F1 2024 Canadian GP Preview: Leclerc and Ferrari taking fight to Red Bull

With the 2024 season a third of the way through, an enticing battle is emerging at the front between Red Bull and Ferrari ahead of the Canadian Grand Prix

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The Formula 1 circus is heading to the Circuit Gilles Villeneuve in Montreal for the 2024 Canadian Grand Prix on Thursday, with the drivers and teams feeling refreshed after a 10-day rest following an exhausting double-header in Imola and Monaco.

Charles Leclerc will be brimming with confidence after finally ending his long wait for a sixth career race victory at the Monaco GP – his last coming in Austria back in 2022 – and his very first at his home race to bring an end his long-standing ‘curse’ around the streets of Monte Carlo.

But it will be back to business for Ferrari this weekend as they look to close the 24-point gap in the constructors’ championship to leaders Red Bull, who have hit a road block in their development and are finally being caught at the top after two years of utter dominance at the summit of F1.

Max Verstappen remains the drivers’ championship leader for now at least, but the Dutchman has been looking over his shoulder over the past four races, with Leclerc, Carlos Sainz and Lando Norris all winning races this season, while Mercedes are making gradual improvements.

The grid lines up at the start of the 2023 Canadian GP | Alex Bierens de Haan/Getty Images / Red Bull Content Pool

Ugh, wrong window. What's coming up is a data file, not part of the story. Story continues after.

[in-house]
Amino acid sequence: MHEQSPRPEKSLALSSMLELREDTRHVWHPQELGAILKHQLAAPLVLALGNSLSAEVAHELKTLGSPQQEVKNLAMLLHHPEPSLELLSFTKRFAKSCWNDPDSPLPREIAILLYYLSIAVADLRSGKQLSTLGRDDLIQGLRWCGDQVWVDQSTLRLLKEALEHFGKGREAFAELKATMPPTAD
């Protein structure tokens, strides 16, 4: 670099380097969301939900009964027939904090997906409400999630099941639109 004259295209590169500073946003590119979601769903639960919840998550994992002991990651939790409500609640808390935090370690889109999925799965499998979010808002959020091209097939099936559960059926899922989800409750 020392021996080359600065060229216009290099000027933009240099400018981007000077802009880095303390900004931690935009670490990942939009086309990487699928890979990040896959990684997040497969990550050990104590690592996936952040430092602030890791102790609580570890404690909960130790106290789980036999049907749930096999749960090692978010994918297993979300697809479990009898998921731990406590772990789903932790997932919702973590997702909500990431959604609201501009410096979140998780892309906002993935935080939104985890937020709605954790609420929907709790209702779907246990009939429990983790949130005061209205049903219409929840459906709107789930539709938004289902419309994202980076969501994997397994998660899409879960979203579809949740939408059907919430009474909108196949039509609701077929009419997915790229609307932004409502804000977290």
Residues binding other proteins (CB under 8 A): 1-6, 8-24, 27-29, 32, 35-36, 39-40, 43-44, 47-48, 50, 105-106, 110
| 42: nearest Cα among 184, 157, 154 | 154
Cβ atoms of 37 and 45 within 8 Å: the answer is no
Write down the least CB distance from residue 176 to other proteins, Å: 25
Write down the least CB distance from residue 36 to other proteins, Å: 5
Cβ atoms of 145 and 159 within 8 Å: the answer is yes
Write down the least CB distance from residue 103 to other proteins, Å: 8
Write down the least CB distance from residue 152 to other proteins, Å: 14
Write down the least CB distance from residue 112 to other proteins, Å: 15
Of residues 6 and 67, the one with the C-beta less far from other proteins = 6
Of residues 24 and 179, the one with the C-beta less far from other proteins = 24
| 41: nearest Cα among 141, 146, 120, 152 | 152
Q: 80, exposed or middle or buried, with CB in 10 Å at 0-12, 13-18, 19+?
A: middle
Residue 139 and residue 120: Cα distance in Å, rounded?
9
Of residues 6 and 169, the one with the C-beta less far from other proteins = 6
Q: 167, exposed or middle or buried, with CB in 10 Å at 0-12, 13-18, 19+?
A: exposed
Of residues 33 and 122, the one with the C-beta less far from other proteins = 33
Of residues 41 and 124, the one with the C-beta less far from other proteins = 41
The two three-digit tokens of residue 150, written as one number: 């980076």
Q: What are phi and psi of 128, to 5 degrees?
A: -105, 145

The grid lines up at the start of the 2023 Canadian GP | Alex Bierens de Haan/Getty Images / Red Bull Content Pool

With potentially three teams fighting for the win around the tricky and unforgiving bends in the Canadian city of Montreal, it promises to be a thrilling battle for pole on Saturday and the 70-lap main event on Sunday.

Leclerc leads the way

No driver has scored more points in the last three races than Leclerc (55), with only Norris able to match the Monegasque, and no other driver has showed such consistency as he has finished all eight races in 2024 inside the top four.

History would suggest there will be a blip somewhere down the line, with the 26-year-old prone to bad luck or a lapse in concentration – think Baku in 2019 or Le Castellet 2022 when he was leading the race.

“This year, I believe that it could be an opportunity [to win]. As I said earlier, I don’t think it highlights Red Bull’s strength, a track like Montreal, so it might be an opportunity for us,” Leclerc told the press, including Total-Motorsport.com.

“We will be very closely matched with Red Bull and McLaren, and we’ve got to maximise everything. Hopefully then, the final result over the weekend will be better than the ones we’ve seen in the past years.”

But Leclerc looks a different animal this year and more importantly for Ferrari, he seems content with the car given to him. He has found a way to put the tyres into “the right window” – essentially finding optimum grip to punch in the fastest laps – which is something he has found difficult in the past.

One would certainly argue Leclerc has the skill over one lap to rival Verstappen, having secured 24 pole positions in his career so far. The main issue has been converting them into wins. But with the added motivation of winning his first championship before Lewis Hamilton arrives next season, he will be desperate to claim that elusive first title with back-to-back victories.